7. you know there are dimmable led bulbs, i just wonder personally, do they work properly with a non-synced pwm dimming circuit (constant pulsewidth modulation)?
    i'm planning to make a digital dimmer myself, arduino nano, optocoupler, dual output transformer (+ – + to have a "separate" supply for the mosfet and arduino) and 3 fullbridge rectifiers (or 2 if i opt for an SSR, basically a TRIAC with an optocoupler)

  8. I have a 5 socket hanging light, in which I tried to install 5 decorative LED bulbs. The dimmer is about 20 years old. With all 5 sockets occupied by LEDs, performance was weird and erratic. If I put a standard incandescent bulb in one of the sockets, the dimmer works very smoothly.

  9. I have a 30 year old dimmer running 3x4w led. It works fine, very slight flicker at the very lowest brightness but the issue I have is its a rotary dimmer, the led is off at around 50% turn, it still covers full brightness range and doesn't cut off, its very dim before turning off. But its sensitive and moves quickly between brightness levels so have to turn it very lightly. With old bulbs when dimmer rotated fully off, there was still a small bit of light. How to fix this so that the led turns off when dimmer is fully rotated off.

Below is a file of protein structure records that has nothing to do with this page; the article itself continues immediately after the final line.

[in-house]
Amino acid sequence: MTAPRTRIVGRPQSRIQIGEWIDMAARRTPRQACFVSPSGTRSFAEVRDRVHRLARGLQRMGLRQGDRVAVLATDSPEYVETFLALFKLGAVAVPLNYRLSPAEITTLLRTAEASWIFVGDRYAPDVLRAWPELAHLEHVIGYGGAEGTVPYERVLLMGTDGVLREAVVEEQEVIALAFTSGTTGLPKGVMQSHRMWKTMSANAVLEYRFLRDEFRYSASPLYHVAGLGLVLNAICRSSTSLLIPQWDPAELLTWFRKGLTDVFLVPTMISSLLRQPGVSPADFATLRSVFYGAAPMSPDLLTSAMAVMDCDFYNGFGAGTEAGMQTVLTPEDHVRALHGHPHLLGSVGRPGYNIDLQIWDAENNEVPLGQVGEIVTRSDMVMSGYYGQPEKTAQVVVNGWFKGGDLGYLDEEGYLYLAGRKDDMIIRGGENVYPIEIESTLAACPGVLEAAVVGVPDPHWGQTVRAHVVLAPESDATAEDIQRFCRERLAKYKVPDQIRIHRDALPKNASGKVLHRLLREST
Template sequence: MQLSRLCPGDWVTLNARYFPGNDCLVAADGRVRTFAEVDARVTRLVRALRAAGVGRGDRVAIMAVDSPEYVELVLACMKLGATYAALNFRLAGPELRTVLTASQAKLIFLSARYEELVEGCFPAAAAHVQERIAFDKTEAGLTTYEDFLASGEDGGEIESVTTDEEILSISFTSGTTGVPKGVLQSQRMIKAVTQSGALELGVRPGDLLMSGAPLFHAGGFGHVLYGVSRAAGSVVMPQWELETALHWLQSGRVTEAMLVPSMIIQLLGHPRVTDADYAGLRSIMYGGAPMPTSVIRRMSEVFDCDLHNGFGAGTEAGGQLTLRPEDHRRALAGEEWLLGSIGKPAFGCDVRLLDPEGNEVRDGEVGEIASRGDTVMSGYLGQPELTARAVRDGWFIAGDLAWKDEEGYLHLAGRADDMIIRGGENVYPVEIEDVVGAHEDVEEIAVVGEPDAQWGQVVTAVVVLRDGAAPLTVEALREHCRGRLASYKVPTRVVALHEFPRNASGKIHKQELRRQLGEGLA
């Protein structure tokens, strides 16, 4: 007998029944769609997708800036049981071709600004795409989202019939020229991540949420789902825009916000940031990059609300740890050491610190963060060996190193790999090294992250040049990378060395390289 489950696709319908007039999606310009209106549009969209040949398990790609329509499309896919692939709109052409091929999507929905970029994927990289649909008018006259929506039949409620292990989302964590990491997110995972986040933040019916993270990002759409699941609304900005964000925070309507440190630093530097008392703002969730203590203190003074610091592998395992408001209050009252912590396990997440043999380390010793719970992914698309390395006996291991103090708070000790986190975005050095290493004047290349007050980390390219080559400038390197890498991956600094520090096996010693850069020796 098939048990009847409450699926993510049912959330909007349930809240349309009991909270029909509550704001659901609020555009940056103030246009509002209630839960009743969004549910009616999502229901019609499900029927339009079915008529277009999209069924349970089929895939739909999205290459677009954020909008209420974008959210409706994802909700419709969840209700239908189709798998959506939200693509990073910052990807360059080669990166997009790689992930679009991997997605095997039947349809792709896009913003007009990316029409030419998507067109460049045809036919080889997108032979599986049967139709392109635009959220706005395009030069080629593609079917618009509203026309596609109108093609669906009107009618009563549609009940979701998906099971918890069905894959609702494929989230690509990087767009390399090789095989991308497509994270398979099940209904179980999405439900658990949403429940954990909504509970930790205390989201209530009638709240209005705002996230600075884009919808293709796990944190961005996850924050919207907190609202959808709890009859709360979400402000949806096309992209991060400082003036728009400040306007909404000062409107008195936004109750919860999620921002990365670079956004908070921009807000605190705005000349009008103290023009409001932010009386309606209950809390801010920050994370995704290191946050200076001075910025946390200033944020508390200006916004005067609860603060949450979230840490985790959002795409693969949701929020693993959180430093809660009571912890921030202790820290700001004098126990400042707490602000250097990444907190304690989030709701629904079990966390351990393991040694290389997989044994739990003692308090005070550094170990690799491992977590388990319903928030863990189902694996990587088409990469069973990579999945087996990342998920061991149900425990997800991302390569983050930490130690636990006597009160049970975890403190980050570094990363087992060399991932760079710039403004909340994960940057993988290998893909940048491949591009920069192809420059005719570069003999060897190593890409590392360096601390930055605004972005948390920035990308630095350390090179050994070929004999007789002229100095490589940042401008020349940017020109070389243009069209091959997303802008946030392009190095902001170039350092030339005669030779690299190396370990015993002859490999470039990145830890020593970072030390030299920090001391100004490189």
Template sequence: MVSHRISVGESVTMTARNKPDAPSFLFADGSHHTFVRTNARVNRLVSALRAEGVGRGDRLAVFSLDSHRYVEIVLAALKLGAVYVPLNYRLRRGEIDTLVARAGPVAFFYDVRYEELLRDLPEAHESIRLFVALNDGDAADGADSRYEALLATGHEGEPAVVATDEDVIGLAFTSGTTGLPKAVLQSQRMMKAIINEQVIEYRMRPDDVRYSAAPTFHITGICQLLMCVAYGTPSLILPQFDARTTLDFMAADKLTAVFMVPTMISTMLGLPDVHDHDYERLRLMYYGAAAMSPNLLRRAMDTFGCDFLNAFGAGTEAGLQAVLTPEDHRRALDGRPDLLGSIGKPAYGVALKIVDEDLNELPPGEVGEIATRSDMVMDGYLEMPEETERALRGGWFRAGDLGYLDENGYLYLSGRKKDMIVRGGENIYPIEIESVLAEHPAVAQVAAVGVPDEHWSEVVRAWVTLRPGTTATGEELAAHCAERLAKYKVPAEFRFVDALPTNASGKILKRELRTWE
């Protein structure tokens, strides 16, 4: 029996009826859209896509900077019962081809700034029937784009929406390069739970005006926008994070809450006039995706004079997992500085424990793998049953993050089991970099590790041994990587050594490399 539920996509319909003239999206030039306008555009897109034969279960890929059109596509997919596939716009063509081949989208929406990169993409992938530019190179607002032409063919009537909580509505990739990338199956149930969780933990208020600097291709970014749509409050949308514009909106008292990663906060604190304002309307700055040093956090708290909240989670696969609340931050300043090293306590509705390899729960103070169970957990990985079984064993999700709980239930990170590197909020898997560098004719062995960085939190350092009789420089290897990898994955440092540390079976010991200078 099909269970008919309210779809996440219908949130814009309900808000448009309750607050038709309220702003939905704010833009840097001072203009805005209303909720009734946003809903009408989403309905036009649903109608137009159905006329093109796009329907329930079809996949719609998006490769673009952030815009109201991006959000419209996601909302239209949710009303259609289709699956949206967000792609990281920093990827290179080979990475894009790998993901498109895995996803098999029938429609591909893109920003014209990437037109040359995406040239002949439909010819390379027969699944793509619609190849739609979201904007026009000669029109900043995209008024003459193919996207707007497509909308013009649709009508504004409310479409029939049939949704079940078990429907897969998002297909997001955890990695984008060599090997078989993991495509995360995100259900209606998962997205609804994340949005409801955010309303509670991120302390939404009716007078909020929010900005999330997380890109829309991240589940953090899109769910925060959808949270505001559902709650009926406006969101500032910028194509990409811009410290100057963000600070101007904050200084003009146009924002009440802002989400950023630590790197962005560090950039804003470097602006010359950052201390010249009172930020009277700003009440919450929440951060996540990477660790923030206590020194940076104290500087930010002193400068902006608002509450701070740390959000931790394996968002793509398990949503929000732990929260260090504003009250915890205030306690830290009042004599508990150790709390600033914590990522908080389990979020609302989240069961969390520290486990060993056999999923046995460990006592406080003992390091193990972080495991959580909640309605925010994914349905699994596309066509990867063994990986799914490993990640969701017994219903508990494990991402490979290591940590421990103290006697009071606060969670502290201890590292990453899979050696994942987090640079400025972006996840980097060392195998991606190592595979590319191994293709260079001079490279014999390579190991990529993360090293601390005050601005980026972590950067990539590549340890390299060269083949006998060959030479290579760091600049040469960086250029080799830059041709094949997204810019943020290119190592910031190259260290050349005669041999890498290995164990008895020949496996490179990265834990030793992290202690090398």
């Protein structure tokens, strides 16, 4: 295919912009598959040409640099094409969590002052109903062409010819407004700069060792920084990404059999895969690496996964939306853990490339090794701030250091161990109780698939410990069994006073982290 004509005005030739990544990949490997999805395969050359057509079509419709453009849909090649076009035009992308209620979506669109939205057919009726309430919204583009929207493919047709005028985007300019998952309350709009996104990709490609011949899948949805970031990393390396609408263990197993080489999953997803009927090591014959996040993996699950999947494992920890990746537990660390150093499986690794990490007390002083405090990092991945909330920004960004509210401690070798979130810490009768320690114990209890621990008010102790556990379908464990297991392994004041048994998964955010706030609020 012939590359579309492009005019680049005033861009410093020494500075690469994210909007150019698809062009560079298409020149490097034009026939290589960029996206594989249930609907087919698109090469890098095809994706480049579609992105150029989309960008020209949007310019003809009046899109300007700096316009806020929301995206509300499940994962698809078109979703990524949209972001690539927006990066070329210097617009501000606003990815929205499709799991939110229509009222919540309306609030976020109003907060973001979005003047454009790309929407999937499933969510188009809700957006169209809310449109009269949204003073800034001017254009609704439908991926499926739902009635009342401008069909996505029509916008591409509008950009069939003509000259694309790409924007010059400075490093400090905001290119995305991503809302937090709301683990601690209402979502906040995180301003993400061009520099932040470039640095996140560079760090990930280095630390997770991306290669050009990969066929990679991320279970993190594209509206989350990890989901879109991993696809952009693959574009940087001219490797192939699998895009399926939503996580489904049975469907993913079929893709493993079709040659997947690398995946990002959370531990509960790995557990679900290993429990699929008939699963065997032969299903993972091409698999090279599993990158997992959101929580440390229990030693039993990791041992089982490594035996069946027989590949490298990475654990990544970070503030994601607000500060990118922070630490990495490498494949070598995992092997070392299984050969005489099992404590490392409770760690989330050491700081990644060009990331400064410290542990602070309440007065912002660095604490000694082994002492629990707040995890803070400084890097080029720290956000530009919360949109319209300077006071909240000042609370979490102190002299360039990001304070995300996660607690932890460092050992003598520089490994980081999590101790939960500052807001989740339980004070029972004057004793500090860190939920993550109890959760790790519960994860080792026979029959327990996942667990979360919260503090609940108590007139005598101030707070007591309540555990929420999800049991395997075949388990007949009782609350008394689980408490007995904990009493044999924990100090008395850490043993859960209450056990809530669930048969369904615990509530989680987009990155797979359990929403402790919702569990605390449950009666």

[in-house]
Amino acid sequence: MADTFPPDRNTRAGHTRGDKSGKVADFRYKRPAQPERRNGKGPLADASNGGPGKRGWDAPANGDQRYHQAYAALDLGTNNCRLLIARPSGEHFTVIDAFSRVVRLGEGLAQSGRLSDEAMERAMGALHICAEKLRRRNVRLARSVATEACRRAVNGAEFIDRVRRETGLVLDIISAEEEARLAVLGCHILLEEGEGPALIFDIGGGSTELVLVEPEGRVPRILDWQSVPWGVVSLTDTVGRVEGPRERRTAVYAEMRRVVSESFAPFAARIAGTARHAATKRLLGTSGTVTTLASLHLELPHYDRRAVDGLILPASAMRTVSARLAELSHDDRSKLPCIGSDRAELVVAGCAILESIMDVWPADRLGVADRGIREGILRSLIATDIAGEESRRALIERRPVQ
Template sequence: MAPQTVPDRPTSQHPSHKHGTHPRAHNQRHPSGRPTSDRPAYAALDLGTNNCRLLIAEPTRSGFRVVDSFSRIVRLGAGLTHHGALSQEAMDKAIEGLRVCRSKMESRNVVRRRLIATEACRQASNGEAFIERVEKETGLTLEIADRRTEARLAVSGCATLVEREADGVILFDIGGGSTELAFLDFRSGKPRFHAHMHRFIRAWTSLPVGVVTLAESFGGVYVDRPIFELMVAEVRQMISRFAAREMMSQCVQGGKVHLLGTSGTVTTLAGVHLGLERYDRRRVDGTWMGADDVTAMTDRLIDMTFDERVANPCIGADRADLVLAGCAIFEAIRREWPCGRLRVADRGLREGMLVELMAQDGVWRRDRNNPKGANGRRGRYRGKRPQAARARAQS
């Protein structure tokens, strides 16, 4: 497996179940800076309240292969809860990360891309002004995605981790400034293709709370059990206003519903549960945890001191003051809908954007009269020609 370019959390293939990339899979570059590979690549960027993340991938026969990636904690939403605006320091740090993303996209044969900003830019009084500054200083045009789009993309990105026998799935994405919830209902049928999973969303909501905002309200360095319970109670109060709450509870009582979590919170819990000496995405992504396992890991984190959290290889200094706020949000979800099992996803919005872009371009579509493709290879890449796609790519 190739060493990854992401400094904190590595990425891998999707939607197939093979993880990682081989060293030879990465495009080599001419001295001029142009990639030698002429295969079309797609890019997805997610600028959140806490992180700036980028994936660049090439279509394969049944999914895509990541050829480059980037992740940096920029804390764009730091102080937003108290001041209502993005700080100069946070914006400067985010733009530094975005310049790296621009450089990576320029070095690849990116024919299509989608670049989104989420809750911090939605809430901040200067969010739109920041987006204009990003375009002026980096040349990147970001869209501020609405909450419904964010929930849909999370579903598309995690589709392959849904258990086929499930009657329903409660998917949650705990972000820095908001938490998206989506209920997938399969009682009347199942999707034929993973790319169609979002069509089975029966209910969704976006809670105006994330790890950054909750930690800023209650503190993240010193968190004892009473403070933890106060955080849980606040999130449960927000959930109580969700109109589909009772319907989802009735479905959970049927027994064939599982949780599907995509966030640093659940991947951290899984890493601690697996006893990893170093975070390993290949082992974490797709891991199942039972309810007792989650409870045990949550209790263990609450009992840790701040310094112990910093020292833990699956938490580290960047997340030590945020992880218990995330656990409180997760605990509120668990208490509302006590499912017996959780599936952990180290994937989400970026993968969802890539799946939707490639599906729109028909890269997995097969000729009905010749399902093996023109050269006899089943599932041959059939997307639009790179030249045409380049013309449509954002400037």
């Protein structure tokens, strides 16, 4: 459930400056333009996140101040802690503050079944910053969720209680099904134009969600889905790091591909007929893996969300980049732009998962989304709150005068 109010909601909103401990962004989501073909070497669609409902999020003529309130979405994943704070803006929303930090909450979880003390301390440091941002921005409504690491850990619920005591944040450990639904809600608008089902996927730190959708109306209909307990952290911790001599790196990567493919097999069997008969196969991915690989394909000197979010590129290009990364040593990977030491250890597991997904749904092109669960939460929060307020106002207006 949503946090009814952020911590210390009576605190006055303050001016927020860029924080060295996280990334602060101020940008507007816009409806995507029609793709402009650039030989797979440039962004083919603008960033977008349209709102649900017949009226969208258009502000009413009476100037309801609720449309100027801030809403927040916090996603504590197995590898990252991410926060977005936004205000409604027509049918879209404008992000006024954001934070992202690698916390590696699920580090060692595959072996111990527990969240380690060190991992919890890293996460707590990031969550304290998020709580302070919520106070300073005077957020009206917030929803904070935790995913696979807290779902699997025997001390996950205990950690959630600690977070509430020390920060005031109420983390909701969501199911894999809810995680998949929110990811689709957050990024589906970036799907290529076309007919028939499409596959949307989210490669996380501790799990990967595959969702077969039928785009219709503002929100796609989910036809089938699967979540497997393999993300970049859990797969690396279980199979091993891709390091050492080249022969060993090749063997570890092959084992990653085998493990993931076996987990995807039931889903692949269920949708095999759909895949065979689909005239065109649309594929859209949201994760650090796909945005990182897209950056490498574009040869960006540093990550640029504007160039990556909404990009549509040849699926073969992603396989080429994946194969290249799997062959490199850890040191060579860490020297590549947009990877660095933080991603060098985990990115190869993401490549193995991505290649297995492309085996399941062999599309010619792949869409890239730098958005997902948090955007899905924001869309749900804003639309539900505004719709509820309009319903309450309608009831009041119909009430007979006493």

10. I’ve had good luck dimming the really cheap Chinese LED lights; the ones that have the plastic mat finish half dome, with a variable transformer. However not so with the more expensive glass LED lights that mimic filaments with the suspended yellow bars of LEDs.

  11. I work for a company that does LED lights, and when the customer wants dimmable lights, a variable resistor after the driver.

  12. One word: Variac

    Edit: Or remove the ac circuit, make them DC and add a diode to your dimmer circuit's output?